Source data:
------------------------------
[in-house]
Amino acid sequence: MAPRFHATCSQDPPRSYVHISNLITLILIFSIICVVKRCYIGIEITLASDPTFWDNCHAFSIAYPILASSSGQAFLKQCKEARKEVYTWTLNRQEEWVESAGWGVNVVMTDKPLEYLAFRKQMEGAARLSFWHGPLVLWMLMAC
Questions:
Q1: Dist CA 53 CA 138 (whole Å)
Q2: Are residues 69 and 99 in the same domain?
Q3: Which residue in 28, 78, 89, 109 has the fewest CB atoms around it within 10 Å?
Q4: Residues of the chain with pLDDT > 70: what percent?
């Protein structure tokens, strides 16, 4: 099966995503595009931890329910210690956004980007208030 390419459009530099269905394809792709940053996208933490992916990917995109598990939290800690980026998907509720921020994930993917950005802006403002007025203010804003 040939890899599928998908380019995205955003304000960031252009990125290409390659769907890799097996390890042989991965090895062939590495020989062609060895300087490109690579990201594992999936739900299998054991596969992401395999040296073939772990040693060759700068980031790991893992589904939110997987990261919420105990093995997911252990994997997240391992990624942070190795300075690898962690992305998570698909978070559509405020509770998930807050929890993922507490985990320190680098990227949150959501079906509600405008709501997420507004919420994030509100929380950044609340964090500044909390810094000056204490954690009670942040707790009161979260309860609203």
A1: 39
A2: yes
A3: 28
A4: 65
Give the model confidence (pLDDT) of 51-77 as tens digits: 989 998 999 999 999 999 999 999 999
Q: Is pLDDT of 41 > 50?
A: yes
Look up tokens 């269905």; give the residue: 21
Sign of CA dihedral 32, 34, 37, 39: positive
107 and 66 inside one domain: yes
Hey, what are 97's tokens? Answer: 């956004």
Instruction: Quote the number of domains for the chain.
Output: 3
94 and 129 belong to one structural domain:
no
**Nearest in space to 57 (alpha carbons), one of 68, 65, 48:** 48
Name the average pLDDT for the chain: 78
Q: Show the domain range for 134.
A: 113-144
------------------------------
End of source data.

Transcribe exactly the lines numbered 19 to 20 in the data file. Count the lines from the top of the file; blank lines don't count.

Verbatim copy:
Hey, what are 97's tokens? Answer: 């956004």
Instruction: Quote the number of domains for the chain.